Looking further into OOS conditions, it is important to determine why an item was OOS. Was it because the forecast was not high enough? Perhaps this is a volatile selling item (think ice cream on an unexpected 95-degree day). Digging further into a scenario, is it because on hands are inaccurate? In this scenario there may be a case or two on hand, but the system thinks there is an OOS or even a negative on hand quantity. Volatile selling items and sale items are addressed by the replenishment department and covered by the OOS tolerance range, however negative on hand conditions come from an entirely different scenario, which is the next topic for discussion.
As any system replenishes based on available inputs, ensuring on hand quantities are accurate is critical to good orders. When looking at OOS instances, the focus needs to be on performing an analysis of OOS items, then developing action plans. Once tolerance ranges have been identified, operations is responsible for maintaining accurate inventory and the replenishment team is responsible for maintaining inventory levels in the correct ranges.
Negative On Hands
As mentioned earlier, negative on hands occur when the location has more in stock than the system knows about. One reason this metric is important is because it is a very straightforward indicator of on-hand accuracy. The immediate response in an isolated instance is to perform a quick cycle count. If the problem is widespread, a reasonable assumption is that on hand inventory in general is over or understated, causing inaccurate ordering as well as financial records.
When looking at negative on hands, the focus is on improving inventory accuracy for the purpose of generating better replenishment Orders.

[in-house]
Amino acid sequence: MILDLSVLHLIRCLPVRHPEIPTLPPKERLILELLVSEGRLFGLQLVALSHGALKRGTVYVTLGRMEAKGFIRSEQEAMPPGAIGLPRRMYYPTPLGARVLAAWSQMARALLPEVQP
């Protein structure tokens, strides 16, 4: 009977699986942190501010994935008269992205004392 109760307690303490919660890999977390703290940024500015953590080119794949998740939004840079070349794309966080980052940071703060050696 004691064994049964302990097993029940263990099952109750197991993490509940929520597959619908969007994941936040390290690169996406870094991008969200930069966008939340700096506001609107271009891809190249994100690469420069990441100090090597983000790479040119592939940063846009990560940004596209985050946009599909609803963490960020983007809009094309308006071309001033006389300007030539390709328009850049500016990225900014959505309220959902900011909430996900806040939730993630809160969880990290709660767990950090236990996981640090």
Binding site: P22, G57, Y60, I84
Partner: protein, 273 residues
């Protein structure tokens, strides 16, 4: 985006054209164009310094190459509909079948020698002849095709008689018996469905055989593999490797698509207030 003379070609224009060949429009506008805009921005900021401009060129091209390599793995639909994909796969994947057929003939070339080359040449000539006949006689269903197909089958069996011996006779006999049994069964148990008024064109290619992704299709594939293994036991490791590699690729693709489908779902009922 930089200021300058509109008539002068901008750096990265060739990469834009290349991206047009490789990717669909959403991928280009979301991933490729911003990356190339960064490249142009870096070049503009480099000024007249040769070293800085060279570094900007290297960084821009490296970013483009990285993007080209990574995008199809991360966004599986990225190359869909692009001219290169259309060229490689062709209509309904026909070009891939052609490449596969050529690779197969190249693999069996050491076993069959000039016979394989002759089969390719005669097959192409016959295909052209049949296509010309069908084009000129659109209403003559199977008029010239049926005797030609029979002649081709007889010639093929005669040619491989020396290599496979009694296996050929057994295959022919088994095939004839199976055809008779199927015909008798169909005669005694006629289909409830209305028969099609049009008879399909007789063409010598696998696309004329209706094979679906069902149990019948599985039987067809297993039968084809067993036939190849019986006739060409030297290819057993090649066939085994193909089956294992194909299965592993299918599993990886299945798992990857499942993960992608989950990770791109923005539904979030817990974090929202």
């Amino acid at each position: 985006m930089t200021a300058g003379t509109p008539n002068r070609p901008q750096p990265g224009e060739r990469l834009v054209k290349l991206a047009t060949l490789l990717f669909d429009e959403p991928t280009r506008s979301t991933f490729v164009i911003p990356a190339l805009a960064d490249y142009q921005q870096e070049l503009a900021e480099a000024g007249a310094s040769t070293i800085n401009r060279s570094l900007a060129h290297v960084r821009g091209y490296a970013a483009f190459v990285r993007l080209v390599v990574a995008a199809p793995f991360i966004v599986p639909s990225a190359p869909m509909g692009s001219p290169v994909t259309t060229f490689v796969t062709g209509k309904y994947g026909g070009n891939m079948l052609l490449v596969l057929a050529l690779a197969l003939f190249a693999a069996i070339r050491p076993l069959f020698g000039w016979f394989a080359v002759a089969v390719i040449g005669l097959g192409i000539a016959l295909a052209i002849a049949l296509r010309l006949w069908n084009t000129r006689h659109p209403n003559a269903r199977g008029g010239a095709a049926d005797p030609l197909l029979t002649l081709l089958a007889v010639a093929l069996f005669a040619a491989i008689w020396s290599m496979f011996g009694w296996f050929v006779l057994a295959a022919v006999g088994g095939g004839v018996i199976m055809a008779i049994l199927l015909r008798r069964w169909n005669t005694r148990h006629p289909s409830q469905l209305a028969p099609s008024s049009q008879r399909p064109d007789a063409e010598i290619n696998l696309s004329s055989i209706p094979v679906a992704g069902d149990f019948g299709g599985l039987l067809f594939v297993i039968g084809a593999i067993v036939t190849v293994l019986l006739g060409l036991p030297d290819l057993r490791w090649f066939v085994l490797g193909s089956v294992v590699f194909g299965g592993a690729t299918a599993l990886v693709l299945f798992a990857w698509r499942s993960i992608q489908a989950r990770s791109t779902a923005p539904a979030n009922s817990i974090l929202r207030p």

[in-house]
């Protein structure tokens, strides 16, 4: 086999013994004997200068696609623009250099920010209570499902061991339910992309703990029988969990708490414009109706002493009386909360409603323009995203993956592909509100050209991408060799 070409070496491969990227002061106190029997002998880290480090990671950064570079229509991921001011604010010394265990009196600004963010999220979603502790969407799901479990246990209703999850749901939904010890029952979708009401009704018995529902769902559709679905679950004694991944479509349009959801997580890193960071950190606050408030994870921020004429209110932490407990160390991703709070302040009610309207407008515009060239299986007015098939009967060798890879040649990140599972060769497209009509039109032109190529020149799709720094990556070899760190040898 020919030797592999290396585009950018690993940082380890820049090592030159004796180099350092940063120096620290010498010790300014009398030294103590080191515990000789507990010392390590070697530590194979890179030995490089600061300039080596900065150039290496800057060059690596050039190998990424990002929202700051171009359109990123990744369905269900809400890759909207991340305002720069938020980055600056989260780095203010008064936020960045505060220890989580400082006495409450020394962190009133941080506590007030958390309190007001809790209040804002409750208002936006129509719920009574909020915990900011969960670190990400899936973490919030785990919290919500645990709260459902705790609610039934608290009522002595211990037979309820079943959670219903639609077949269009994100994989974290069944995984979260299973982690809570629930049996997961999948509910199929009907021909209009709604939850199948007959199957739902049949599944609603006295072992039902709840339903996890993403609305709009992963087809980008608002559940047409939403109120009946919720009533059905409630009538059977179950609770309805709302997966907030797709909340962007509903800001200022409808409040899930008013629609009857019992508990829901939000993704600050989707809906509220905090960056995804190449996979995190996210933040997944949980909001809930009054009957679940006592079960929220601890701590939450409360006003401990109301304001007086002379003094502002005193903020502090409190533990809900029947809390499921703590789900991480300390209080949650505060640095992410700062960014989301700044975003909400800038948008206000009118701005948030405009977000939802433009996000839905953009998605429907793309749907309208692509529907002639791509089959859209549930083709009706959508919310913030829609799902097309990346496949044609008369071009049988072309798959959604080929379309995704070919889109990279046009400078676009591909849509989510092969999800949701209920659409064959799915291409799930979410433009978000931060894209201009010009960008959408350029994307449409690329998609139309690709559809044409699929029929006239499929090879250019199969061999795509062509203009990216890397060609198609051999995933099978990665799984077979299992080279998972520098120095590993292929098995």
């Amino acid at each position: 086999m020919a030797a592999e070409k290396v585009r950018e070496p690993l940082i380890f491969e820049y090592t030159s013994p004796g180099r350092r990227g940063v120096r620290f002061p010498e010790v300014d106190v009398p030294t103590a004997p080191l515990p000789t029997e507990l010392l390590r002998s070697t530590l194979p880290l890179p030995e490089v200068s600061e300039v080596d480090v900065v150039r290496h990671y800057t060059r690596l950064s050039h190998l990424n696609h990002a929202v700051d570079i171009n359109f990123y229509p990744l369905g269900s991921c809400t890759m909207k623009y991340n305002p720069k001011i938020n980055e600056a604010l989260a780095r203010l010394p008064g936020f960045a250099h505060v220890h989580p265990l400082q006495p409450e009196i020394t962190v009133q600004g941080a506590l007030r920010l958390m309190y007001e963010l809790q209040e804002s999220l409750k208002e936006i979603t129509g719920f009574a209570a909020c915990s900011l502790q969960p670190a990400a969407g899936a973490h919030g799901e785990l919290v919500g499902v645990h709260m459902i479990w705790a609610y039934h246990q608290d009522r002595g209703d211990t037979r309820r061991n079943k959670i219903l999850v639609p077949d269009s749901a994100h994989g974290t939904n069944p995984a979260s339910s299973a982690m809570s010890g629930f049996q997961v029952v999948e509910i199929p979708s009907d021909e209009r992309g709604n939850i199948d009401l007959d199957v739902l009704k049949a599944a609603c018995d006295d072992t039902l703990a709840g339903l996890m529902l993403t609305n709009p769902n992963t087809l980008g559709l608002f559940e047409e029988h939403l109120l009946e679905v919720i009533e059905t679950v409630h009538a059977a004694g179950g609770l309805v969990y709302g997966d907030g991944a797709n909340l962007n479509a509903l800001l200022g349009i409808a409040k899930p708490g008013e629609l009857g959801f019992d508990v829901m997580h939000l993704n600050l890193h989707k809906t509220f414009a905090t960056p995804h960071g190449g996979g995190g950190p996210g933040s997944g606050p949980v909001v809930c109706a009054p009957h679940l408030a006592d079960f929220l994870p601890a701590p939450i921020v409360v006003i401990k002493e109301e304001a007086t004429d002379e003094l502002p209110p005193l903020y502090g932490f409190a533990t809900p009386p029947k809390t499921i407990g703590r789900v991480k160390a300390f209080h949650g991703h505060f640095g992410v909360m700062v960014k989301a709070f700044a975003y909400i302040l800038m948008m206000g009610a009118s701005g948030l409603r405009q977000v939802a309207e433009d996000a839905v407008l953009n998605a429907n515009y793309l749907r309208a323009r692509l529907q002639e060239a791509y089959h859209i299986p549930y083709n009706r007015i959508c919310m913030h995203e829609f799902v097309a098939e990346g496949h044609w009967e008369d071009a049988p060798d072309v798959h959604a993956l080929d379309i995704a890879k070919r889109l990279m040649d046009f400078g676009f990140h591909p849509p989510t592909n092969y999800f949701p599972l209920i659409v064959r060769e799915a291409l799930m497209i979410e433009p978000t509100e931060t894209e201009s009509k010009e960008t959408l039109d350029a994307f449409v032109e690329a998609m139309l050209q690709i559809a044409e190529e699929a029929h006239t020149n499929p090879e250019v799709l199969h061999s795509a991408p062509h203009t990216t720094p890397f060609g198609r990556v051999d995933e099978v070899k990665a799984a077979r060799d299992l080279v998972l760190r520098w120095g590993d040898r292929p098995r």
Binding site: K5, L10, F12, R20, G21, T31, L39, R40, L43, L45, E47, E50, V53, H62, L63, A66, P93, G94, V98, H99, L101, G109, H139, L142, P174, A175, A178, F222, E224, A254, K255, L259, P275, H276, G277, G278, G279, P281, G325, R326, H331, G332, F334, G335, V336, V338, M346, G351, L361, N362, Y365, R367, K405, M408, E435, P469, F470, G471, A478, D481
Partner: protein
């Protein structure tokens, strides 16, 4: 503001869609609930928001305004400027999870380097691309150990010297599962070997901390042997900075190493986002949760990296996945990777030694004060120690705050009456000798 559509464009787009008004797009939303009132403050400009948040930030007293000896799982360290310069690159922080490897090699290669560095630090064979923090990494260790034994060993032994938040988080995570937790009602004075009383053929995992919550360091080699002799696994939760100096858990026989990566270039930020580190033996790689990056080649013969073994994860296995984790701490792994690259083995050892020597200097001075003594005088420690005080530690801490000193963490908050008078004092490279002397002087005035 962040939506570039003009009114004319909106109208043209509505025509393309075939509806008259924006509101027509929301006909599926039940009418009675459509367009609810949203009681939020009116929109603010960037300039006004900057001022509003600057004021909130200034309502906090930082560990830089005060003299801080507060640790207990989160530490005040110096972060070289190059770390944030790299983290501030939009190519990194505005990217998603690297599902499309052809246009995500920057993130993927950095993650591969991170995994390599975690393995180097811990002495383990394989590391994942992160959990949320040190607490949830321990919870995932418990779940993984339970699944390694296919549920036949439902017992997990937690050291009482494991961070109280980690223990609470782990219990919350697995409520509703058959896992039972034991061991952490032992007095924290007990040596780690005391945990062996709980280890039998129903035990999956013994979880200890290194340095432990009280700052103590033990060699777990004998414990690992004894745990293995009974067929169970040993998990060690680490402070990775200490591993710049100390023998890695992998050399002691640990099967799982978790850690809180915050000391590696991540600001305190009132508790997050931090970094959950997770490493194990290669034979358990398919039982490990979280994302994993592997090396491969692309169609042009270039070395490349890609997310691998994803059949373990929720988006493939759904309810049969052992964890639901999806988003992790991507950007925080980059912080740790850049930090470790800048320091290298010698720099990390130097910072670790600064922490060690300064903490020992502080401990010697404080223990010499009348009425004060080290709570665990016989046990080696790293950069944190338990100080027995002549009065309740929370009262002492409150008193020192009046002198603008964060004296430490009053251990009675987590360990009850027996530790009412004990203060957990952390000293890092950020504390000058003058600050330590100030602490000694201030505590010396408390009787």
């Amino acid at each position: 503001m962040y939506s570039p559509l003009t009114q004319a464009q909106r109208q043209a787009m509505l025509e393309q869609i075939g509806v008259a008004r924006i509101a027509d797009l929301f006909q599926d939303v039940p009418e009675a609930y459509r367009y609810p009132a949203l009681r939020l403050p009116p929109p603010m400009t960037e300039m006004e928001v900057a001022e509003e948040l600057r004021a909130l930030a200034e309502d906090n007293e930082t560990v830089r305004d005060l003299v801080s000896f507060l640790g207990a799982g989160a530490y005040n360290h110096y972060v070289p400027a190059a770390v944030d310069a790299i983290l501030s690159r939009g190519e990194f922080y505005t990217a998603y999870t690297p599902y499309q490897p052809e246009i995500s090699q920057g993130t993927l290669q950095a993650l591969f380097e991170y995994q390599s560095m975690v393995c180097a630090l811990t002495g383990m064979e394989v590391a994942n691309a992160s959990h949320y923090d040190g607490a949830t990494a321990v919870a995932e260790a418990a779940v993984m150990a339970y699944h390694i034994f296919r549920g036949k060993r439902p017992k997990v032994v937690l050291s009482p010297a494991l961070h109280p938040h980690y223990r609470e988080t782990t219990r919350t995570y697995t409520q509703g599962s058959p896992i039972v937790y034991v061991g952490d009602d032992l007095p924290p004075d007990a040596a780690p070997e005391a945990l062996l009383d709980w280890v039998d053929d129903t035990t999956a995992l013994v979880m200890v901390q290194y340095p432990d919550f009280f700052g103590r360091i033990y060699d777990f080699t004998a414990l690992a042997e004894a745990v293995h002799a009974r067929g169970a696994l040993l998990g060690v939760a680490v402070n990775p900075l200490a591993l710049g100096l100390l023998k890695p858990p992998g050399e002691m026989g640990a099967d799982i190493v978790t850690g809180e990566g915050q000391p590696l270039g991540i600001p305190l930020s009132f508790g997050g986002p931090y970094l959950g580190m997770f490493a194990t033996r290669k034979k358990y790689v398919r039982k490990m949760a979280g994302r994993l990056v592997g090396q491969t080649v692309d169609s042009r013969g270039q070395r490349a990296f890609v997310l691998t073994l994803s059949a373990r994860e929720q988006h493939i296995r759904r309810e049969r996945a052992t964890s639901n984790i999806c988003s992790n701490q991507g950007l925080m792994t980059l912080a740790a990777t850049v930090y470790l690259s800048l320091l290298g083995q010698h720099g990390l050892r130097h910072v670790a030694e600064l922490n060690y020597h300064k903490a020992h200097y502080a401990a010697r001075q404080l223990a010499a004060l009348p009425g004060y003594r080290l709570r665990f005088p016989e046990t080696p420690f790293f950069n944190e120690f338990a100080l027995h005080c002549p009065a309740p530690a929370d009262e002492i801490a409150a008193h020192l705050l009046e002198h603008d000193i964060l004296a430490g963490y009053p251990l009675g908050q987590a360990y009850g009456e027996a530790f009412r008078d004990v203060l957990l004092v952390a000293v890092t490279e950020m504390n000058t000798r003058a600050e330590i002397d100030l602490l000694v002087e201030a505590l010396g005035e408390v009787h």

High/Medium Sellers with No (or Low) Sales
You might be wondering why a high or medium seller has no sales. The obvious conclusion is that the item must be out of stock. But what if the system is not reporting an OOS? One potential cause might be that the system thinks the item is in stock, however in reality the item is not on the shelves and is unavailable for purchase. This can be corrected by a cycle count. Another cause can be that the item is in the stock room, however the shelves are empty. Both of these scenarios can be identified by a single metric and result in simple actions to resolve the problem.
If high and medium sellers have inaccurate inventory, most likely low sellers do as well. By focusing on accurate inventory of high and medium sellers, inventory accuracy of low selling items will improve by default. With high/medium sellers with no (or low) sales, the focus is on improving inventory accuracy and ensuring product is on the retail floor available for sale to customers. The goal for this metric is maintaining a long term, low volume of high/medium sellers with no sales.
While there are many metrics that can be tracked and measured, the main observation is that having metrics can have a positive impact on not only F&R orders but the organization at large. It takes team work across departments to achieve results; everyone works for the same company and ought to have the best interests of the company in mind. One visible impact of metrics is optimized orders and in stock conditions. However, there are other impacts of utilizing metrics, such as contributing to more clearly defined organizational roles and responsibilities. For example, if stores are responsible for and focused on inventory accuracy, the replenishment team can be more focused on maintaining the agreed upon in stock positions.. Ultimately, metrics provide individuals and departments the ability to measure themselves, thereby reducing reactive finger pointing and creating less disruption across the organization, while improving performance.